How the Mortgage Landscape Has Changed
There used to be an almost dizzying variety of mortgage options out there. But that was then. This is now. And anyone who wants to buy a home these days needs to be prepared for a shrinking number of choices. Lenders are pulling back-to the basics. But it's not all bad news.
A homebuyer who has proof of income, cash reserves, or good credit should sill be able to find a home mortgage loan. But you have to be ready and willing to do some shopping around first-comparing and negotiating-just like you would if you were looking for a new car. Speak to several lenders. And it's also a good idea to contact several mortgage brokers, too. They act as liaisons between lenders and consumers.
It's never been more important to be an informed homebuyer. Learn the basics of what it takes to get a mortgage. Start by finding out if the lender requires a down payment, how much it is, and if you can afford it. Because of the current economics of housing, most house hunters must have the money for a down payment. That's because the no-down-payment loans that were available during the boom years are now almost non-existent. Many lenders now insist on a minimum of five percent down-more is even better. You'll also want to check to see if you'll be required to buy Private Mortgage Insurance (PMI)-which will be added on to your monthly mortgage payment. Many lenders insist on this, because if protects them against loss by borrowers who fail to pay. As a rule of thumb, expect PMI if a loan exceeds eighty percent of a home's value. To avoid the added expense of PMI, some borrowers get a "piggy-back" mortgage-which is essentially taking out two loans.
The first loan covers eighty percent of the cost of the home. The second is a home-equity line of credit that covers most-if not all-of the balance. However, be aware that these piggy-back loans are few and far between these days; many lenders see them as a risk they'd rather not take. That's because if a homeowner loses the house, the proceeds from the sale would go to paying off the first mortgage-and there's usually very little left from that to cover the second mortgage. Now, what about those low-or-no-documentation loans that were so popular awhile back? Well, they're basically extinct. Why? Because the single-most important thing to lenders these days is a borrower's credit score. The lenders are relying more heavily than ever on that score to assess a borrower's ability to repay a mortgage on time. Borrowers that look risky will not get those lower-interest loans with good terms. In fact, they're not likely to get a mortgage at all. Loans available to people with credit scores of, say, 660 just a few months ago are no longer out there.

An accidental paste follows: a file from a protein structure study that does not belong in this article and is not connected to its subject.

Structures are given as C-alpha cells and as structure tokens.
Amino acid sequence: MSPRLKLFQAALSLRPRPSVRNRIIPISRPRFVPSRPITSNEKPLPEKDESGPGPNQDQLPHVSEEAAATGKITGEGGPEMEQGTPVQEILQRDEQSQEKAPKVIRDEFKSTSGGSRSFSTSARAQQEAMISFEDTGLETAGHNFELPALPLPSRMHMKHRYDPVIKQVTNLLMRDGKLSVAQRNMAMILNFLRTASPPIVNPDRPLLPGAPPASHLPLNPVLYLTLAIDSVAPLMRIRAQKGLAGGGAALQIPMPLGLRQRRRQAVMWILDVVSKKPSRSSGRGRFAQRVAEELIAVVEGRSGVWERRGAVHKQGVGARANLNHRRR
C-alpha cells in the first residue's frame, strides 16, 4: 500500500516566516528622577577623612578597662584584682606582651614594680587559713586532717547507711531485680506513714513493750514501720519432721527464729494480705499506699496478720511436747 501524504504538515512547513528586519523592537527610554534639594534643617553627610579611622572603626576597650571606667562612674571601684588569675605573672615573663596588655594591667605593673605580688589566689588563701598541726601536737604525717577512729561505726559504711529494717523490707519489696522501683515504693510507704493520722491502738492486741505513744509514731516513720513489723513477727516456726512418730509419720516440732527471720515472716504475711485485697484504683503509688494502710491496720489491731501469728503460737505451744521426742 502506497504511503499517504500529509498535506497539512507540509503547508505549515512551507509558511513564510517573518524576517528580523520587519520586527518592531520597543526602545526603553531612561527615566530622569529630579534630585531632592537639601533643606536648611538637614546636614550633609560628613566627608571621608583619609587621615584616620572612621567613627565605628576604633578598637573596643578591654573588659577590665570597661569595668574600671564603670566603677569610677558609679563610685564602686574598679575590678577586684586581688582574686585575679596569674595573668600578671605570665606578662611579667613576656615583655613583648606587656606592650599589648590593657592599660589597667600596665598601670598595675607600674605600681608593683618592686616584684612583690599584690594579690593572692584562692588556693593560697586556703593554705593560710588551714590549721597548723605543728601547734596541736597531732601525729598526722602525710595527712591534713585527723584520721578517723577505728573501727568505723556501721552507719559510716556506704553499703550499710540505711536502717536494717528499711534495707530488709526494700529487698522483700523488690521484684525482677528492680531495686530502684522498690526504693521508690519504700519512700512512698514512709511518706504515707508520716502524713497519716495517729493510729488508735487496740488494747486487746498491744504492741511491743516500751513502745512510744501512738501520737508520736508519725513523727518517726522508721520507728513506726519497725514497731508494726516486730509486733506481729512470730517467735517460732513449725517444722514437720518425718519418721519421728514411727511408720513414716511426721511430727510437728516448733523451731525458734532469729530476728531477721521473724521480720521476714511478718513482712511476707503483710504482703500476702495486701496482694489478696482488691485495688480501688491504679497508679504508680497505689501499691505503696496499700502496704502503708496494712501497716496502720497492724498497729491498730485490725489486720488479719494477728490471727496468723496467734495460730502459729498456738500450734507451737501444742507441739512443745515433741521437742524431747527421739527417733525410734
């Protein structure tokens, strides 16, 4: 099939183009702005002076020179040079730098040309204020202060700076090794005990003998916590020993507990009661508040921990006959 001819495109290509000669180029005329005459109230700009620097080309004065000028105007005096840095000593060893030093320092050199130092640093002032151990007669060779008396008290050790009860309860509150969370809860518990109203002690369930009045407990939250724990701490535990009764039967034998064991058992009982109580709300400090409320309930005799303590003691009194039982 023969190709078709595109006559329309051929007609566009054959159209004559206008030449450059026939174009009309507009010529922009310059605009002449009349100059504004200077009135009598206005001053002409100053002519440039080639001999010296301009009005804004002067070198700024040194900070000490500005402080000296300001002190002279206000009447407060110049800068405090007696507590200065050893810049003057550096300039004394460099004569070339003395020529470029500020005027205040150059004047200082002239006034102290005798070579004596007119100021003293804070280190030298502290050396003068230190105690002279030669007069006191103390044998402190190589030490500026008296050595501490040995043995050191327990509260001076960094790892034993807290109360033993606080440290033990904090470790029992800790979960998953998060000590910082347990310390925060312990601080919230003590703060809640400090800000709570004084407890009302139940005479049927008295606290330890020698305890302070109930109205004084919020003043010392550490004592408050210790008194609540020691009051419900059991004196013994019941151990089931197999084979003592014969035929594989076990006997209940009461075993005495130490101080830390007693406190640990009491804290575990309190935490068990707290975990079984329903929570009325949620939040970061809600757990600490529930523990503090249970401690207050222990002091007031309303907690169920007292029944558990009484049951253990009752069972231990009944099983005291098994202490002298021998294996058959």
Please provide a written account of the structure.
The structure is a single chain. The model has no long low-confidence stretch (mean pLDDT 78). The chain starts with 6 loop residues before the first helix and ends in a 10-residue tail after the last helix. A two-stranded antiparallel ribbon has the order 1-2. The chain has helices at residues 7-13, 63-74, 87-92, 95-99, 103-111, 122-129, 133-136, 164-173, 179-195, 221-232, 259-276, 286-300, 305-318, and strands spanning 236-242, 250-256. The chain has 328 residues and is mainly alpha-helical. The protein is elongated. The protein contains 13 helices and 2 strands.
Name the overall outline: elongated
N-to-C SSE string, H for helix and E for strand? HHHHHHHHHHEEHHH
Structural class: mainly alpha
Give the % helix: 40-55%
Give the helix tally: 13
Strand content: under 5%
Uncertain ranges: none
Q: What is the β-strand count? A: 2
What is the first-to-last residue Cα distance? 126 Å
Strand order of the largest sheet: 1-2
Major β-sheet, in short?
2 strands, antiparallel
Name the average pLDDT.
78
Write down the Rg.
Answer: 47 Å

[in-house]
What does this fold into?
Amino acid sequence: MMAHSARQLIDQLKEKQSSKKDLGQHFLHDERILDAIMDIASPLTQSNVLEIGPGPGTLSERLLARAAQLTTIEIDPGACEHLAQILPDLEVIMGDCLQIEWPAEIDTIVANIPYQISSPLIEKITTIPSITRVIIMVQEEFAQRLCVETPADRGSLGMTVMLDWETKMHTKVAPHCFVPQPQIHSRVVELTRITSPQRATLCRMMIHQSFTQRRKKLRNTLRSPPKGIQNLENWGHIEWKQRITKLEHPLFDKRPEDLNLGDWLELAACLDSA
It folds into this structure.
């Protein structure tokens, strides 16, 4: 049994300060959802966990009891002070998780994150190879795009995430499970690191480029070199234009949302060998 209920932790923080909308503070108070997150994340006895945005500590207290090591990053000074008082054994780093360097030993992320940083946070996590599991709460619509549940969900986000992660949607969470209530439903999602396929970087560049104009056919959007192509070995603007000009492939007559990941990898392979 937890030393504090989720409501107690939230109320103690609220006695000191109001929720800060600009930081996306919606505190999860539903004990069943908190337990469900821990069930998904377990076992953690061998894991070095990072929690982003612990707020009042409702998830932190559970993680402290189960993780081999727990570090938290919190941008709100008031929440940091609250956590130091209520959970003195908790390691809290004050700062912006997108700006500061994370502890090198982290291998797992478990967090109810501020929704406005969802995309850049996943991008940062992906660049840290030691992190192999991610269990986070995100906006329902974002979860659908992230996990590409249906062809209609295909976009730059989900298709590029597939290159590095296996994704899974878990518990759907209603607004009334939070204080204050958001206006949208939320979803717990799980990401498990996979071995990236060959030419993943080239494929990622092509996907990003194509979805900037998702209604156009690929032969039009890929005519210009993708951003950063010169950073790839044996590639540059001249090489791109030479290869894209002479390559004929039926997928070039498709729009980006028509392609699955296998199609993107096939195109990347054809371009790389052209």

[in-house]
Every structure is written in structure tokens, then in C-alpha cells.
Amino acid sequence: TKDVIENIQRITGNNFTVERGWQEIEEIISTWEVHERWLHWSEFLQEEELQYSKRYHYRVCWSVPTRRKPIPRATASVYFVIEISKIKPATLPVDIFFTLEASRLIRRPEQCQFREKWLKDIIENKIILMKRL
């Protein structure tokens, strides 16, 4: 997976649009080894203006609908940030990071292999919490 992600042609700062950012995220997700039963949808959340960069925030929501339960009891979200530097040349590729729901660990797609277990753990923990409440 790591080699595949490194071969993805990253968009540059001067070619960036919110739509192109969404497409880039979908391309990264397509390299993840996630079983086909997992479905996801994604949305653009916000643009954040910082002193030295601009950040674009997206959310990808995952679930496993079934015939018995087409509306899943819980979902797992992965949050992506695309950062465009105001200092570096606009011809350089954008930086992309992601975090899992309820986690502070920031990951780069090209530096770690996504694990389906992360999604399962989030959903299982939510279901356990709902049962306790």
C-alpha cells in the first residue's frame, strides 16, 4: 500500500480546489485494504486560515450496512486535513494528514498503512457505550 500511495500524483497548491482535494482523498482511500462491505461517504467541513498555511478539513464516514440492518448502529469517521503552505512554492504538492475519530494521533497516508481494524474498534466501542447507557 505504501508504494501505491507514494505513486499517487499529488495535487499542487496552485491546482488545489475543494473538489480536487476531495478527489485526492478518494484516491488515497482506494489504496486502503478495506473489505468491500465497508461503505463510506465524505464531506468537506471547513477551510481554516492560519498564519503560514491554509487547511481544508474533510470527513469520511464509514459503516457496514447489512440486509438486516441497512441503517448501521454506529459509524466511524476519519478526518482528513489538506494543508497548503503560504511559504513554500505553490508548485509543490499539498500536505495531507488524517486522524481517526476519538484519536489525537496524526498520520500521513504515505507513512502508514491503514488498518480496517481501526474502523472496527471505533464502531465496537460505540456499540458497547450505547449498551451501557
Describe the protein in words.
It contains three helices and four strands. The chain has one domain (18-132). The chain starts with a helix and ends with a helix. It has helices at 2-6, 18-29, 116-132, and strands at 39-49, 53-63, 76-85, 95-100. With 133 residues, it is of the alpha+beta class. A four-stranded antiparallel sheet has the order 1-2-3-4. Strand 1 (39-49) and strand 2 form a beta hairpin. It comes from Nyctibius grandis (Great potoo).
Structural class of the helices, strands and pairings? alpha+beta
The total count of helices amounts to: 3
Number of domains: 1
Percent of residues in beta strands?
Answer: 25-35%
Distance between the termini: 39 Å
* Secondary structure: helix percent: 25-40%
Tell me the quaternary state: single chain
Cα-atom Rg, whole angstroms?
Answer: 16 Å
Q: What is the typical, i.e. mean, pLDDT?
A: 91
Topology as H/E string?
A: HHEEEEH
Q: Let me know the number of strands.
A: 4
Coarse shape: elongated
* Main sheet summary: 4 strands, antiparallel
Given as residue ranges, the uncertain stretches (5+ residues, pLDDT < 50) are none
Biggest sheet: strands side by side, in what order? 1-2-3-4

But even if you have a good credit score, you need to be aware that you need to use it wisely. For instance, weigh your choices carefully if you're thinking about taking out a loan for more than $417,000. This is known as a "jumbo loan"-and mortgages that exceed this make lenders very wary; they are perceived to be much riskier than "conforming" loans. So what's a potential homebuyer supposed to do? If you credit score is on the low side, get serious about improving it before you start looking for a mortgage. It will definitely increase the number and types of mortgage options available, as well as the rates and terms of those mortgages. If your credit score is high, then keep it that way-don't push for the maximum mortgage you can get. Be conservative. With careful tending, the mortgage landscape in your little corner of the world will start looking considerably more lush, healthy, and beautiful.